Question about ActiveX

Discussion in 'other security issues & news' started by Rasheed187, Jul 25, 2004.

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  1. Rasheed187

    Rasheed187 Registered Member

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    What I still don't get about this technology is the following:

    Let's say you have disabled activeX and you go to a site which uses Flash, so you will now have to enable it. But how will you know that the site will only load the Flash control and not some malicious control on your system?
     
  2. Pigman

    Pigman Registered Member

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    Flash doesn't need ActiveX to work. It works very well on browsers like Firefox, which totally lack ActiveX.
     
  3. Rasheed187

    Rasheed187 Registered Member

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    I know, I was talking about IE, anyone with an answer? Because the most logical thing for me would be to give each activeX control that has been created a PIN, so if someone tries to load a control that doesn't have the permission to be loaded, it will just not load.

    I mean now it's an "all or nothing" approach, you either disable or enable controls. Currently I have disabled activeX, so if I need Flash or IPIX etc, I will have to enable it, but how will I know which controls they (the website) will load? I don't get it, didn't MS think about this stuff?
     
  4. Bubba

    Bubba Updates Team

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    Hey Rasheed,

    When you say disabled ActiveX....which setting have you disabled ?
    If a ActiveX control\plugin....such as Macromedia Flash has already been installed....you then need to adjust your ActiveX controls and plugin setting....in particular Run ActiveX controls and plug-ins

    @ Pigman
    "Flash doesn't need ActiveX to work. It works very well on browsers like Firefox, which totally lack ActiveX."

    Which has what to do with Rasheeds question ?
     
  5. Alec

    Alec Registered Member

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    ActiveX controls are compiled executables that run with all of the privileges that the current user has. Basically, I would agree that Microsoft should have put a little more thought into the use of ActiveX controls from programs like IE, how they are authenticated, and how they are restricted. However, the problem is that most people actually kind of like the power and functionality that can be provided by ActiveX controls (eg, Windows Update, online AV scanners, corporate DB frontends, Macromedia Flash, etc.). Yes, some of this functionality can be duplicated or replicated with plugins compliant with the Netscape plugin API... but not all of it (and, contrary to what some would have you believe, the Netscape plugin API has certain security issues as well, albeit generally not as severe).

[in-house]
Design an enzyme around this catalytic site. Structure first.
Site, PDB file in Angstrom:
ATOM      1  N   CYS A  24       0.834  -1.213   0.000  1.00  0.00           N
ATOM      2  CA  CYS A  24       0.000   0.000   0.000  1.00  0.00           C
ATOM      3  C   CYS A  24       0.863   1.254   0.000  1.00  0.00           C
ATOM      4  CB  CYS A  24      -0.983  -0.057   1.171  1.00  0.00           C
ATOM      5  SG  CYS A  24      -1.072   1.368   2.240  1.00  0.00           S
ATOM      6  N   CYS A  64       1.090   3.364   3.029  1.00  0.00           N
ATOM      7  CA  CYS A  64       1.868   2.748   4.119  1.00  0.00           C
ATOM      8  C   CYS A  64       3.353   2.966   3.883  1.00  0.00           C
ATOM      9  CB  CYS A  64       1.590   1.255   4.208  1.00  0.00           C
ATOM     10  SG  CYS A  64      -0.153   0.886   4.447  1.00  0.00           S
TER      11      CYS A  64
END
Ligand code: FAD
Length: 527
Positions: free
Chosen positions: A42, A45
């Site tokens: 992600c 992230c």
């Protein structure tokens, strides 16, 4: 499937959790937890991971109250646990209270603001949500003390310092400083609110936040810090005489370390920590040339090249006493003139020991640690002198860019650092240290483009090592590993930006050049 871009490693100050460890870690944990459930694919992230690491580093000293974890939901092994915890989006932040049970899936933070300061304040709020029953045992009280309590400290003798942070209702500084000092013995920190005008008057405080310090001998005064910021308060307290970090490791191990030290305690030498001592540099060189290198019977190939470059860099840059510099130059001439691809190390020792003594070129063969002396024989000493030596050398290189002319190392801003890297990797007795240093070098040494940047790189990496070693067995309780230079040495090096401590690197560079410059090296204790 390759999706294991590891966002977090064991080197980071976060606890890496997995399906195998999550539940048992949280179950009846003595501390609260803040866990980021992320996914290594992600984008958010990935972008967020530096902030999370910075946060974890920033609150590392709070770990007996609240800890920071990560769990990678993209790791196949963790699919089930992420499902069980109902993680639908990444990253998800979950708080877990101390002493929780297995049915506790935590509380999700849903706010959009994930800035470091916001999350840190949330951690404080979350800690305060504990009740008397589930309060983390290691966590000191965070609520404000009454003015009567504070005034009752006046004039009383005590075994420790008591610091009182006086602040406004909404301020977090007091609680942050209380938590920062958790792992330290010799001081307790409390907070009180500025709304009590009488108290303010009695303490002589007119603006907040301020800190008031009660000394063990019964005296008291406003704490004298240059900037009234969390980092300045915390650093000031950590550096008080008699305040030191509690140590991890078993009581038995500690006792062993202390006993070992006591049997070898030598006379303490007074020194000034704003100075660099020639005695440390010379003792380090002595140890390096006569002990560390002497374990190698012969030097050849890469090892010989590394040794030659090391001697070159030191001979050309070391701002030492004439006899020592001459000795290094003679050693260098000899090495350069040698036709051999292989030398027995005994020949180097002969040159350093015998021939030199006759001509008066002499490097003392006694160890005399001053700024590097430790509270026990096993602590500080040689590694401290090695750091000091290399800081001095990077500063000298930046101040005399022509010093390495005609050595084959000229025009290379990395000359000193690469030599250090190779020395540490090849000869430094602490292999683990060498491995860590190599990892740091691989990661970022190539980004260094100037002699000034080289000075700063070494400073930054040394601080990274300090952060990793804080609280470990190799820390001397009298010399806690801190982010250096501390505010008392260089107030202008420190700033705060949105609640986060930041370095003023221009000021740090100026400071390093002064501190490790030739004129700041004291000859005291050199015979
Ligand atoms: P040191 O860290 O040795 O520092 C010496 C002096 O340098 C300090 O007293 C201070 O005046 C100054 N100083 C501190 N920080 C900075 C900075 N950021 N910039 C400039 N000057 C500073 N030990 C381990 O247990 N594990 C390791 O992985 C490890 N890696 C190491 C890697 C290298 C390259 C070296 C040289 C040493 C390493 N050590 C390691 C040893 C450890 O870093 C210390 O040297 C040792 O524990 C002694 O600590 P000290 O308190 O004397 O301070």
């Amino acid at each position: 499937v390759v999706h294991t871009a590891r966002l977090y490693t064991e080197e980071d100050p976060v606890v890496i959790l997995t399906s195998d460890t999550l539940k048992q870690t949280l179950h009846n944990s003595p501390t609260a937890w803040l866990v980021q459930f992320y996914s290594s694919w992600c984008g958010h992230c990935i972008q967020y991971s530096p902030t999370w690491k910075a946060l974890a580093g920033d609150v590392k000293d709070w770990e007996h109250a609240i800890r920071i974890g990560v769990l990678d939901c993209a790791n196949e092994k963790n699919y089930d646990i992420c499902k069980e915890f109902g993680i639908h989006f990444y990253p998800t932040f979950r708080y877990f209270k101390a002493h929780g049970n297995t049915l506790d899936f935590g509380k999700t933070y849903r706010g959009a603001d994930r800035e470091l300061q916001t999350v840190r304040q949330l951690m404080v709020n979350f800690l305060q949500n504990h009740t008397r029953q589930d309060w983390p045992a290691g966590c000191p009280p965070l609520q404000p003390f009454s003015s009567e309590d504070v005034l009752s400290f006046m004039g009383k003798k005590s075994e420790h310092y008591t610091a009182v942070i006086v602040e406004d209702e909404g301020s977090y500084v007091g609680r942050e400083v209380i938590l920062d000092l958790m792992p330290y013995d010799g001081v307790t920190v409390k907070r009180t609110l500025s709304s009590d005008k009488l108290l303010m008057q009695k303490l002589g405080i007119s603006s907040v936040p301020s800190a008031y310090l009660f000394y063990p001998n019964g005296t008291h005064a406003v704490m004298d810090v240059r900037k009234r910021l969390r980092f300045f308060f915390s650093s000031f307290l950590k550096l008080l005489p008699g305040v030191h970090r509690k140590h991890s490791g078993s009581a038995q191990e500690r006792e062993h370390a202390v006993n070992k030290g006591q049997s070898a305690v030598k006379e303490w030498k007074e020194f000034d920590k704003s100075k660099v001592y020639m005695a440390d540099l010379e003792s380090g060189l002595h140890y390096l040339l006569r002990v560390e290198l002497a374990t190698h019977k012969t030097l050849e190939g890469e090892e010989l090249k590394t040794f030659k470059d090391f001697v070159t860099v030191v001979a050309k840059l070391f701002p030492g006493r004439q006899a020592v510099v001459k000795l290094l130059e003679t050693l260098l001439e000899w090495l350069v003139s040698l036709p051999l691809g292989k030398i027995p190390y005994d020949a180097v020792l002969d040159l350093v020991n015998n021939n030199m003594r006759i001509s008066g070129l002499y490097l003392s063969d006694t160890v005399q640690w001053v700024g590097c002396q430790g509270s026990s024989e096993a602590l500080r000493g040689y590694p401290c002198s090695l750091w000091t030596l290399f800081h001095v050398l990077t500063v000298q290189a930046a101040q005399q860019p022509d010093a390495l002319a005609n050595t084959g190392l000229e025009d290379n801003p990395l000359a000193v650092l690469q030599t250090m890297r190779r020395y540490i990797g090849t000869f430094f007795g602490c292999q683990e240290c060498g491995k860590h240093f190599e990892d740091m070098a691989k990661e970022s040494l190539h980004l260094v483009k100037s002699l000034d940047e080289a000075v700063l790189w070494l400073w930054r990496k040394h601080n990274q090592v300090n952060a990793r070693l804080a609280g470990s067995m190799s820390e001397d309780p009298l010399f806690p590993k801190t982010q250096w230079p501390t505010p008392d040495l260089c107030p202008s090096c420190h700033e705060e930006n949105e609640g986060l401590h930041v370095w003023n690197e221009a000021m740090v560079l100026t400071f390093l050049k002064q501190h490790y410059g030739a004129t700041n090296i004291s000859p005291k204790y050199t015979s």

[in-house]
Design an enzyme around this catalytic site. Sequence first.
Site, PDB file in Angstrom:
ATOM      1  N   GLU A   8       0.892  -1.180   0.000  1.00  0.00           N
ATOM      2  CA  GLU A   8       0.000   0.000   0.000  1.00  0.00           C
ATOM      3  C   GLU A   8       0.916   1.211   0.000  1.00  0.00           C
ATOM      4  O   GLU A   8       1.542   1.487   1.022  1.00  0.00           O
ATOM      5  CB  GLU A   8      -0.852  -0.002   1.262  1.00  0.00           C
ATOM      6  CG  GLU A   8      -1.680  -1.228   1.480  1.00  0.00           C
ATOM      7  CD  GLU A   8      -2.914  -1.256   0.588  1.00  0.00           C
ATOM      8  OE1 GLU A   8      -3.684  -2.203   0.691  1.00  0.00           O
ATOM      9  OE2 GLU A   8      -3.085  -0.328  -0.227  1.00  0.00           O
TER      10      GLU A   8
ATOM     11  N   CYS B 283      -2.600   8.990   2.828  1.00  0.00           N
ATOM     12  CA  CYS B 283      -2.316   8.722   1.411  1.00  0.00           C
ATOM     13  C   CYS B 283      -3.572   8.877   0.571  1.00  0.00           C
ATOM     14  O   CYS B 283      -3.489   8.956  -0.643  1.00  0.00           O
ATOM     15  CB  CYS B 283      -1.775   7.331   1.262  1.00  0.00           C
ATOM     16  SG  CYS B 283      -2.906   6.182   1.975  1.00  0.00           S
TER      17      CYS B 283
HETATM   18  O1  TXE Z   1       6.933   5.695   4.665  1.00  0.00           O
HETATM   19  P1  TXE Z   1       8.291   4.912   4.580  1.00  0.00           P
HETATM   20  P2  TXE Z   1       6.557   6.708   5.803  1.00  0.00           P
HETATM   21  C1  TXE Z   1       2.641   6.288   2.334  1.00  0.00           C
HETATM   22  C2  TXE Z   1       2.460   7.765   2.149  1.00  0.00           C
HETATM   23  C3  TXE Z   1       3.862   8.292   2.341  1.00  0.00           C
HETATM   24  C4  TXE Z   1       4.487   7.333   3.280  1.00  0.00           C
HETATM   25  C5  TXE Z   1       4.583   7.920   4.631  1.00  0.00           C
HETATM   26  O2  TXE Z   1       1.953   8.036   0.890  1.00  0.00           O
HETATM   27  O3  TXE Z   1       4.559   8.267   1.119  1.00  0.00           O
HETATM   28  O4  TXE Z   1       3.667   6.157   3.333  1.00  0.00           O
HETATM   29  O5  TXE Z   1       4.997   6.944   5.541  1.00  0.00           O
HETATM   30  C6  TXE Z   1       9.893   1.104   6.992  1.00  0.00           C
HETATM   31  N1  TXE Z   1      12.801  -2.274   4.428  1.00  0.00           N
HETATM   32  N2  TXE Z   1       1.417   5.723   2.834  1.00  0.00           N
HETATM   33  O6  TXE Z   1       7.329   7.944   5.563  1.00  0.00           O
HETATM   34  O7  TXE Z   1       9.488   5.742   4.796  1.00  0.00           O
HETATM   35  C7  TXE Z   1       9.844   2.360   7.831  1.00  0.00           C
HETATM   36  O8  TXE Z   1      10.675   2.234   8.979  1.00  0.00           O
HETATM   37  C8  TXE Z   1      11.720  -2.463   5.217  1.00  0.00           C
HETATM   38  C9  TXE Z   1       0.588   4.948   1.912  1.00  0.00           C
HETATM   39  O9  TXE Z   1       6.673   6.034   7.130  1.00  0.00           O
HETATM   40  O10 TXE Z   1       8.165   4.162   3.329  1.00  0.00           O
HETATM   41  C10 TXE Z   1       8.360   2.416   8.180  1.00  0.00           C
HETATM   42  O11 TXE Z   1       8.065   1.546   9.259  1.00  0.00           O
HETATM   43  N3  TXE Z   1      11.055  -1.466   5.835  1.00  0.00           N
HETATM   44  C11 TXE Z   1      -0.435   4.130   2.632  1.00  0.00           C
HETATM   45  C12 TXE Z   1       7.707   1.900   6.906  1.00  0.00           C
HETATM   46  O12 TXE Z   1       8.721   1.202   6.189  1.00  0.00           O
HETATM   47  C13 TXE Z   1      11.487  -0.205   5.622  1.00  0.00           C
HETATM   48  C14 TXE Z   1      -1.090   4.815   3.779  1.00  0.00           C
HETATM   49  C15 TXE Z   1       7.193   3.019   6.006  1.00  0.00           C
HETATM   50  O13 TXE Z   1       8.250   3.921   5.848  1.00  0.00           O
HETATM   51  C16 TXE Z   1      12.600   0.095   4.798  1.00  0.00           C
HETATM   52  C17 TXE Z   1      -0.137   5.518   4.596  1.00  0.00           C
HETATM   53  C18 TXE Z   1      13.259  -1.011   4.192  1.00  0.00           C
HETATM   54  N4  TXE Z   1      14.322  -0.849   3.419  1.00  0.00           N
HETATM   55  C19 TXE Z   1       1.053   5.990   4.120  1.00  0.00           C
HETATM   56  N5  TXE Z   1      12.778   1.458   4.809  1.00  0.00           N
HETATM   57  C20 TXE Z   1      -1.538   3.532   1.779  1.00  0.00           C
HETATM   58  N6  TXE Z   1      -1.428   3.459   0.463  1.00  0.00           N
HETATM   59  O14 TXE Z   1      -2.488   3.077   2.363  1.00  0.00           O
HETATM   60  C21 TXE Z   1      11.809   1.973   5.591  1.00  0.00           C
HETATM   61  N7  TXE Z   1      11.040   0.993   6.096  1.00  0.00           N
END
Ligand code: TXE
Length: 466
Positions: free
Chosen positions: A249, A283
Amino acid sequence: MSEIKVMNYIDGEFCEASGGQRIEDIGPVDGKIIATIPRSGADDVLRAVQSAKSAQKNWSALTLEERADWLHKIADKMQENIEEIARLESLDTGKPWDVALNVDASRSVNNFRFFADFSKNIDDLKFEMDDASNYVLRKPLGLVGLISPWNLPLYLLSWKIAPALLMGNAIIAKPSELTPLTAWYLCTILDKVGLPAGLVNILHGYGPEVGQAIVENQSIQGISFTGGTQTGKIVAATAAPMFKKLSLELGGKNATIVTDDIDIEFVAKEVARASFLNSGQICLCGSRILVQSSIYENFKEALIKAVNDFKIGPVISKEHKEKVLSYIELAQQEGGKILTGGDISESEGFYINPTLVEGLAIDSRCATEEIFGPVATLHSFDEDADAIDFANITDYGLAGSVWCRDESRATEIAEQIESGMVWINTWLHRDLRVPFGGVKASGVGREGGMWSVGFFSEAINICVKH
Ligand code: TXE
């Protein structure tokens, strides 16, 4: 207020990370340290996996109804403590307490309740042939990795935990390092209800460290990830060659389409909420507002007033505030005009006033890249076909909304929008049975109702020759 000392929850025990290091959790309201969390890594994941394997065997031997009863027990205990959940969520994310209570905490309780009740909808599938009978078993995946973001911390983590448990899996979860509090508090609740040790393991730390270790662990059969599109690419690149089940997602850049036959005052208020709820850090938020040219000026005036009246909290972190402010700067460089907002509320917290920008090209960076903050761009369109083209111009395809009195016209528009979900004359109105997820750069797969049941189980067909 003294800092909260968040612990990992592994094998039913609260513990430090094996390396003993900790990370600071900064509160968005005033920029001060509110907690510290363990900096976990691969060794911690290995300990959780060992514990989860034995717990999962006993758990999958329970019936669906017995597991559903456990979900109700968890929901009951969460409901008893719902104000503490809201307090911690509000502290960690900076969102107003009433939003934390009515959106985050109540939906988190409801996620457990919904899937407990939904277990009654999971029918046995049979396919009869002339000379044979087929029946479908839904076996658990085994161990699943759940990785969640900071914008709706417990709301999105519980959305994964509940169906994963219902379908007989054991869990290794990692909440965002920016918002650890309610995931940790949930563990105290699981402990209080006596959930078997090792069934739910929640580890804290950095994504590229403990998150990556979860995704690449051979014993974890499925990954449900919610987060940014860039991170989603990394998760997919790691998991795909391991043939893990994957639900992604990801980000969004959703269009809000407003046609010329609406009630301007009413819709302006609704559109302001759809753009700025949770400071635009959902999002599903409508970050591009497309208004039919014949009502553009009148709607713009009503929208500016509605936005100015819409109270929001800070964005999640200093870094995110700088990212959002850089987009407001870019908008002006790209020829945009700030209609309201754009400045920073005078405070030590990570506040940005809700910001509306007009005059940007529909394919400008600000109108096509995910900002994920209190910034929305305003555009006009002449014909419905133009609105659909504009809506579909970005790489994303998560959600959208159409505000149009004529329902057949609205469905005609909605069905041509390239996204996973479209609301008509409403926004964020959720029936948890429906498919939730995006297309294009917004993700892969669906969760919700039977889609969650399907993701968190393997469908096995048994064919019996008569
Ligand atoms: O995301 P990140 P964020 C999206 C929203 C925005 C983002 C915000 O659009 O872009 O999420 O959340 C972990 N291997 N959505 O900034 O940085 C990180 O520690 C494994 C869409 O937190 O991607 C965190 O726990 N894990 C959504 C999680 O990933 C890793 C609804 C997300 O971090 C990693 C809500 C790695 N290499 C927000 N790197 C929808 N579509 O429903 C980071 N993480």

ActiveX/COM controls actually do sort of have a "PIN" number, although it is called a CLSID (or Class ID). The CLSID is unique to each ActiveX control. Each ActiveX control can be either signed or unsigned (search for info on Microsoft Authenticode). Moreover, each control be flagged as either "safe" for scripting or not. None of this is absolutely determinative of whether a specific control is malicious or not, though.

    Signed code just means that at least some effort went into verifying the identity of the publisher of the code, and in verifying that it hasn't been tampered with since being signed by said publisher. But signing alone isn't a guarantee that the code is absolutely harmless. The signer could "fake out" or "spoof" a trusted authority. Signed code from a trusted source could have it's own vulnerabilities and possibly be repurposed for a malicious cause. Still, signed code does provide at least some additional measure of security.

    The idea behind the "safe" for scripting designation is that some code could be safe in the hands of an actual user, but may not be so in the hands of anonymous, automatic scripting mechanisms. For example, Microsoft Word can create, modify, and delete files... although generally this is acceptable for an individual user... but could be dangerous if used by anonymous scripting mechanisms. The scripts could potentially force Microsoft Word to delete or change valid files. In such a case, this code would not be marked as "safe" for scripting.

    So the short answer is that a new ActiveX control would have to be downloaded in order for it to run. The downloading and execution of such code is dependent upon the security settings of IE. The settings can be configured to either allow, deny, or prompt on signed code, on unsigned code, and/or "unsafe" code. Surely you have seen the 'Click OK if you trust this source' type of dialog box messages that signed code generates. You should probably just totally disable the execution of unsigned code. Moreover, you should not generally browse the web from the Administrator account, but rather use a regular "user" account for all your day-to-day activities.

    Further there is such a thing as a "kill" bit in Internet Explorer. The kill bit will prevent IE from ever loading and executing certain ActiveX controls identified by their CLSID. So if you happen to know the CLSID for a certain piece of malware then you can just set the "kill" bit for that CLSID in the registry options for IE. I believe this is how programs like SpywareBlaster work. They compile a huge list of malware CLSID's and then set the kill bit for all of them. While they are at it they put a bunch of known bad web URL's in the "restricted" sites zone for IE.

    HTH...
     
  6. Rasheed187

    Rasheed187 Registered Member

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    Thanks for the feedback, I've read a few articles, but this one was the best yet, you should write for a magazine or something. ;)

    I do think MS should have thought about this technology a little longer, because it's obvious that this isn't a good approach I think. I do use spywareblaster btw, so that will hopefully save me from malicous controls (if i go to a bad website).

    @ Bubba